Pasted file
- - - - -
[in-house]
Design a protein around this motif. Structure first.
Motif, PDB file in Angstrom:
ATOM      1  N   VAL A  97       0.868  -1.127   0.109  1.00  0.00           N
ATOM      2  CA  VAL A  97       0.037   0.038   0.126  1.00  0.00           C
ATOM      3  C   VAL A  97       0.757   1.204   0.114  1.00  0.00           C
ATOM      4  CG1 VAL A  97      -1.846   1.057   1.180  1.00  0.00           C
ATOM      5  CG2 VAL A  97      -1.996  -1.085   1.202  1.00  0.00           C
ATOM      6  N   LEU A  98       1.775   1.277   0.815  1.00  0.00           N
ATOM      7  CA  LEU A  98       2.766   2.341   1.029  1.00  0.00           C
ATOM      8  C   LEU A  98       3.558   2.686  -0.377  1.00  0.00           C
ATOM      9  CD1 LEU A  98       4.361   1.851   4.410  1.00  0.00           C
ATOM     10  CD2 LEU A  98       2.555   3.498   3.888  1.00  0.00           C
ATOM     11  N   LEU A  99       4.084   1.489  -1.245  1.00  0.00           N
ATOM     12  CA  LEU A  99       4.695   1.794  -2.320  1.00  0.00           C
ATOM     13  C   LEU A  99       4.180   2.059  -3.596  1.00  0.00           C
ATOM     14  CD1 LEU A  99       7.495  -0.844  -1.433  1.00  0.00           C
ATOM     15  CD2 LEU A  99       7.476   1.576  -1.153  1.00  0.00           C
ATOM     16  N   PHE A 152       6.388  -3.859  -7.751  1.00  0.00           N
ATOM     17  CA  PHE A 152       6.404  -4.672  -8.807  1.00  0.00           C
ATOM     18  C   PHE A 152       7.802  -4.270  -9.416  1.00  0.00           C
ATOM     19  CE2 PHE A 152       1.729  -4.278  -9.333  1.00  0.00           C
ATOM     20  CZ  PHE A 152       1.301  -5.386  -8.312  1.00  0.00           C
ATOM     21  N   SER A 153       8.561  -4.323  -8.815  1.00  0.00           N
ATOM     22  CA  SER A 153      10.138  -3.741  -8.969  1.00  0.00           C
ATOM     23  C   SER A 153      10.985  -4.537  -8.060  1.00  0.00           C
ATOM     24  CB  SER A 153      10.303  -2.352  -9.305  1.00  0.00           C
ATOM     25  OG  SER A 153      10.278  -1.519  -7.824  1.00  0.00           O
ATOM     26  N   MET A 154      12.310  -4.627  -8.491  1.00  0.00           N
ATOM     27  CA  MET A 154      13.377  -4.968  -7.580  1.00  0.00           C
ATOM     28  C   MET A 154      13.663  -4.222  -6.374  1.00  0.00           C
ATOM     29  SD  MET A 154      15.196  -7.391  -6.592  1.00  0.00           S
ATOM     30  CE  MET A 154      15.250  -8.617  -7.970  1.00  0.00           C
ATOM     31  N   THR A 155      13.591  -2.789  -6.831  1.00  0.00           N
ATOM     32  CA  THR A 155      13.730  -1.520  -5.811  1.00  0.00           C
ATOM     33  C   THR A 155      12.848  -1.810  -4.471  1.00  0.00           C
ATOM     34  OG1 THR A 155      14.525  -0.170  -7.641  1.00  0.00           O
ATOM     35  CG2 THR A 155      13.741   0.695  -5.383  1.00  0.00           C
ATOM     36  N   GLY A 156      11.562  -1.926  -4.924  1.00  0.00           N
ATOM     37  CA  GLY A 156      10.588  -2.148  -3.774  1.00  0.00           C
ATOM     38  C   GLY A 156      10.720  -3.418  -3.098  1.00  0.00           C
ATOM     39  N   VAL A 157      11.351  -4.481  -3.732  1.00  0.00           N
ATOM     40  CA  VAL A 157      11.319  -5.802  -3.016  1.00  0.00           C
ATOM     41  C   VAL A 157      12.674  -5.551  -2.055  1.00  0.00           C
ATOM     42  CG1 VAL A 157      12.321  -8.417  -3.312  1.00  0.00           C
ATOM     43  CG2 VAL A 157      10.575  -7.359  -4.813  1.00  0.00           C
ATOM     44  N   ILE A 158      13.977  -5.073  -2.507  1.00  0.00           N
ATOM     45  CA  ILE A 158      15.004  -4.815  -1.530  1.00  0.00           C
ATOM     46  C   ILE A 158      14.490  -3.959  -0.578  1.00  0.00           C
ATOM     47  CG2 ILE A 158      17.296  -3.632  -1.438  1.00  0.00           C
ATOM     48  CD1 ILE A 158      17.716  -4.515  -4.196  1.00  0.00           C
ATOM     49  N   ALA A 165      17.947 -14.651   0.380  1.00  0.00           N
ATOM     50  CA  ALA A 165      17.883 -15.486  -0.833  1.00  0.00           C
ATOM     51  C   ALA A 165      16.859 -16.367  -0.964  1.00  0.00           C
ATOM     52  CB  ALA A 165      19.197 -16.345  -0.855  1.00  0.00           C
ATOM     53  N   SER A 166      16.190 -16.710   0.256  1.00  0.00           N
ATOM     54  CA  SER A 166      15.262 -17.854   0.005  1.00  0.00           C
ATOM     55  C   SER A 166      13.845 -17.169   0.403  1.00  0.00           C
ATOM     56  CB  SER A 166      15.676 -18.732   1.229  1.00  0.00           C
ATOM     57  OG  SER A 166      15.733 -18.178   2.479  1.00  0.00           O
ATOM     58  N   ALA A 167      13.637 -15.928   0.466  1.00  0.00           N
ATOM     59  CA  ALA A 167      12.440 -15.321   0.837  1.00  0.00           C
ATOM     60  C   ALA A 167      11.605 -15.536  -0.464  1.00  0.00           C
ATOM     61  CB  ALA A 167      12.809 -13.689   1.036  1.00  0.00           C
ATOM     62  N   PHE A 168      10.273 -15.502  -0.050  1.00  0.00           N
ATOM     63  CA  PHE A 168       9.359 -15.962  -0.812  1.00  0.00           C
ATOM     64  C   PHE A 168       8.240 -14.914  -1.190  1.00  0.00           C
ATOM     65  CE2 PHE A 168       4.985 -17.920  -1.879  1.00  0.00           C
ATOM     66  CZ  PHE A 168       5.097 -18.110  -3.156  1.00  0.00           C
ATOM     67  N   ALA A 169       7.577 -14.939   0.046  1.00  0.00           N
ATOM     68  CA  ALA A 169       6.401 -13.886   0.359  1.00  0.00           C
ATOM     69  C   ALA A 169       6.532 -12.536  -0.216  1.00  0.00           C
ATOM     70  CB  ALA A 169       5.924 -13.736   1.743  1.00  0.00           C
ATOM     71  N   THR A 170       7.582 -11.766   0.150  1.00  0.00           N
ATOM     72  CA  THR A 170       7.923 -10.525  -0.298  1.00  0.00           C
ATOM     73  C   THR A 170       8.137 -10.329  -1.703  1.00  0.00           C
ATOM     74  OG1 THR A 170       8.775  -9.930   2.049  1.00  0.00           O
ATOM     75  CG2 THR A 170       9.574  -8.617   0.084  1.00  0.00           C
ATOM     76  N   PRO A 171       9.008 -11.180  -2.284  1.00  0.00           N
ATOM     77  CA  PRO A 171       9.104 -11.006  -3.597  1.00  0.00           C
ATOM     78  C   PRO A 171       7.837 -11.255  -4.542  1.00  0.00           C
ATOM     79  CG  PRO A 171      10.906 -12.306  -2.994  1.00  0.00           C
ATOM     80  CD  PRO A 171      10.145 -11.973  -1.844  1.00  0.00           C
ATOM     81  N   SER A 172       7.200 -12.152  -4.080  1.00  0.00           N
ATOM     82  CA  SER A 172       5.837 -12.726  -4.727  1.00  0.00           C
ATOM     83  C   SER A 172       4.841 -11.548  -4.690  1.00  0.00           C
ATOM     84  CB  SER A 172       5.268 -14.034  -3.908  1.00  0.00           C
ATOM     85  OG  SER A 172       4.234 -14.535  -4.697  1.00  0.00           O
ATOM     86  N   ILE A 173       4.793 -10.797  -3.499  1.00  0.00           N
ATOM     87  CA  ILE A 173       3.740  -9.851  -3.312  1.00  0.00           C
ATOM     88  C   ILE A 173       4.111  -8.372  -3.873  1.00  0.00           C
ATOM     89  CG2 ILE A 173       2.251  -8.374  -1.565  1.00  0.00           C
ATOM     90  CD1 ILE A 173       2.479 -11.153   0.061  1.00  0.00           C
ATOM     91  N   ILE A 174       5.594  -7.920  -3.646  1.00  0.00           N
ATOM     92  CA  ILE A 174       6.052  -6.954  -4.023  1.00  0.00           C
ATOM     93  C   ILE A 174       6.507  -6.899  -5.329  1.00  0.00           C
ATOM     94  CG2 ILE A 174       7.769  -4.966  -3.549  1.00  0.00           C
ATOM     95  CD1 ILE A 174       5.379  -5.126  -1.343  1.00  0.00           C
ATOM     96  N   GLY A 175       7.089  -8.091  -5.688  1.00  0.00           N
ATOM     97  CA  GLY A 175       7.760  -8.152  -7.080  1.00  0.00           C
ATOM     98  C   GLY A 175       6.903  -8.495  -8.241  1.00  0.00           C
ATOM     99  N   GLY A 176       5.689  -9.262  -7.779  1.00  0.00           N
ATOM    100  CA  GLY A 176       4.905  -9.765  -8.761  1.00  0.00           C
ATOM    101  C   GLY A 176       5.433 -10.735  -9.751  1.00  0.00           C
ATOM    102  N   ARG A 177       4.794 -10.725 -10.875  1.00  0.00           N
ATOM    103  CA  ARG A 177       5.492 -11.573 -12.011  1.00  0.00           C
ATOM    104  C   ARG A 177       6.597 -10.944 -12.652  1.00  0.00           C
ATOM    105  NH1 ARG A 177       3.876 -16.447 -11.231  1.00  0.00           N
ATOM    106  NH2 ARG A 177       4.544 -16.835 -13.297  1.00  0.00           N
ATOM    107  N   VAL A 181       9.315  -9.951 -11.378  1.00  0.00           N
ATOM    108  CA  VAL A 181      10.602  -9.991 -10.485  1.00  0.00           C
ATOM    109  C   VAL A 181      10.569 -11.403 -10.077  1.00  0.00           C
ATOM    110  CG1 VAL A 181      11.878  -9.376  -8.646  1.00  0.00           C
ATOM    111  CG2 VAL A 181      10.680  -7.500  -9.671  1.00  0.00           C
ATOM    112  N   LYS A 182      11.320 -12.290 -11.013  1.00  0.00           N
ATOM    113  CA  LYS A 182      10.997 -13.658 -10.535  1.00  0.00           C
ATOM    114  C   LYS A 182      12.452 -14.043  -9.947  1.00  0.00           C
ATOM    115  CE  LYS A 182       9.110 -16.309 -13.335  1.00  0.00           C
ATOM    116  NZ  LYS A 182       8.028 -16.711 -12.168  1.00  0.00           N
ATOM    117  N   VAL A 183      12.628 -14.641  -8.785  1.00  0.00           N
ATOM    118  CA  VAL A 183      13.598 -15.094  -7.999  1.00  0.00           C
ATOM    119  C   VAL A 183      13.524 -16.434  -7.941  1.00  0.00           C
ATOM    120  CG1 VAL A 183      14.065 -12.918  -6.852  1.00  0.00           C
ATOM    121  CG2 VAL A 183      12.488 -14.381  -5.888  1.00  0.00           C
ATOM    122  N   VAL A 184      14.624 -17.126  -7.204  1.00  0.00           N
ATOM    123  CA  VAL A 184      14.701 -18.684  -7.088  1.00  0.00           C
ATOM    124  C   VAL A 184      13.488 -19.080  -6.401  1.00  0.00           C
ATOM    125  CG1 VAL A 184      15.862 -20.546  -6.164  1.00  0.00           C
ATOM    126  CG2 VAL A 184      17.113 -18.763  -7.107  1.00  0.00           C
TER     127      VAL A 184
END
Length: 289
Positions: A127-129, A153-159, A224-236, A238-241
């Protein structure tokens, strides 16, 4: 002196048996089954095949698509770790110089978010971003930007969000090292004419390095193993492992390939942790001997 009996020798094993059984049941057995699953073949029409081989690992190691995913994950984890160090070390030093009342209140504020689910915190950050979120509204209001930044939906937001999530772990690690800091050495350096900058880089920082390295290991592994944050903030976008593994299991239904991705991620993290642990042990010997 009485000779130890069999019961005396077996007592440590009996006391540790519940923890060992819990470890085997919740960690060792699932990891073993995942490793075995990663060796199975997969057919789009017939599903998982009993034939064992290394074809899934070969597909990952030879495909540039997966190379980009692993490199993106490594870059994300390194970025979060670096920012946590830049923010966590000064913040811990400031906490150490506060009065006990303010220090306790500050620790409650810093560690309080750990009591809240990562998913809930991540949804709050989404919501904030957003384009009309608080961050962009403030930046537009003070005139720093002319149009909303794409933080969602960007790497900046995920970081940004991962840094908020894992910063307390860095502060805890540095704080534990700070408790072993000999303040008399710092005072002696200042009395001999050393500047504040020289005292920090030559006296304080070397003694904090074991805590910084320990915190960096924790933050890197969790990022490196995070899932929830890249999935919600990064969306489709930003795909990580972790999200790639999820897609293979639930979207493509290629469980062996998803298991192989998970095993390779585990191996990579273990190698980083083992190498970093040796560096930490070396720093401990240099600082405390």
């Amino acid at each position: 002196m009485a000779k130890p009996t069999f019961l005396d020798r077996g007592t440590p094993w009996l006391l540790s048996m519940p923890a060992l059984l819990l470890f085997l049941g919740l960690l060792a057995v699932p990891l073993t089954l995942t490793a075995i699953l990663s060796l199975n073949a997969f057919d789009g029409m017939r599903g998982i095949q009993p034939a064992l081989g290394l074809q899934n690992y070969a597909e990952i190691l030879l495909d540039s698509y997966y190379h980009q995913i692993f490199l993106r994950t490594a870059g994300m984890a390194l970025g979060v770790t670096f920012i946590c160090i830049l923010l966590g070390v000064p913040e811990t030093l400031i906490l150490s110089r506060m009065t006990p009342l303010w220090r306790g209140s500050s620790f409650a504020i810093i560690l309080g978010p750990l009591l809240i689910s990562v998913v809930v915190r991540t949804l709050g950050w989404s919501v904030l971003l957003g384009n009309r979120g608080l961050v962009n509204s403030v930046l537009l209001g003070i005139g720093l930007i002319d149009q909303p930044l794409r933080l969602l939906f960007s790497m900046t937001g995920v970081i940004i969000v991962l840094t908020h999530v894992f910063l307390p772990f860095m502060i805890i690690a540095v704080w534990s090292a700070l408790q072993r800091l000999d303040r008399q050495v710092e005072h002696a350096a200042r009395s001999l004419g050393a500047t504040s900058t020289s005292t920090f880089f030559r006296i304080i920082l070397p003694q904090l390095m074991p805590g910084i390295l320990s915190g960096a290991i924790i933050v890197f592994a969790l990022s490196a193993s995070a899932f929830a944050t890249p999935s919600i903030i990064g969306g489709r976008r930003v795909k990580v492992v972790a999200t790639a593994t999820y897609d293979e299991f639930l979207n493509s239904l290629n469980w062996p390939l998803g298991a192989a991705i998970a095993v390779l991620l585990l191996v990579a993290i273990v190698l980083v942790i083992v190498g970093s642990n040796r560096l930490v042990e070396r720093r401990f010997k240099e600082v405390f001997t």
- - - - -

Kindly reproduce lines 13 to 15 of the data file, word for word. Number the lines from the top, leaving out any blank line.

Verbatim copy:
ATOM     10  CD2 LEU A  98       2.555   3.498   3.888  1.00  0.00           C
ATOM     11  N   LEU A  99       4.084   1.489  -1.245  1.00  0.00           N
ATOM     12  CA  LEU A  99       4.695   1.794  -2.320  1.00  0.00           C